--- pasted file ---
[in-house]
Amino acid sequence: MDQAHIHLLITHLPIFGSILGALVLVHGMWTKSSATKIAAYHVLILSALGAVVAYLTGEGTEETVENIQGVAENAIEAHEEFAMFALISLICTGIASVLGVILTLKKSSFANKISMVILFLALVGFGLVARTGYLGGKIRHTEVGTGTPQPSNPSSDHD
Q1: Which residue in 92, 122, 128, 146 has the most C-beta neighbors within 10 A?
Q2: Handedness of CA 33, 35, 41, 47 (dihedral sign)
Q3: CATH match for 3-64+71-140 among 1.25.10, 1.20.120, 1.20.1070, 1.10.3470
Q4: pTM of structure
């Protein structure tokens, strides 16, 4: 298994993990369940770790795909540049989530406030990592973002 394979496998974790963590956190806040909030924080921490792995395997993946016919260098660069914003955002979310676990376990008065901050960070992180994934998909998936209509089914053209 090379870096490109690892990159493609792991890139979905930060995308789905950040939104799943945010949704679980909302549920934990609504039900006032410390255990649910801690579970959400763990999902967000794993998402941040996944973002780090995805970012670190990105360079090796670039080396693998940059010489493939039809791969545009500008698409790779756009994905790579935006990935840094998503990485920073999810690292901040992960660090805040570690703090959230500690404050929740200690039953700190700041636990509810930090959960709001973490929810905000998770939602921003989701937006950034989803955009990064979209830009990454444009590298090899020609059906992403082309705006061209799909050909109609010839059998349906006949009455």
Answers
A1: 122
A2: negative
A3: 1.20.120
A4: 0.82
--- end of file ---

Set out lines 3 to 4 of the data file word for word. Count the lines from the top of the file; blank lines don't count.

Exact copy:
Q1: Which residue in 92, 122, 128, 146 has the most C-beta neighbors within 10 A?
Q2: Handedness of CA 33, 35, 41, 47 (dihedral sign)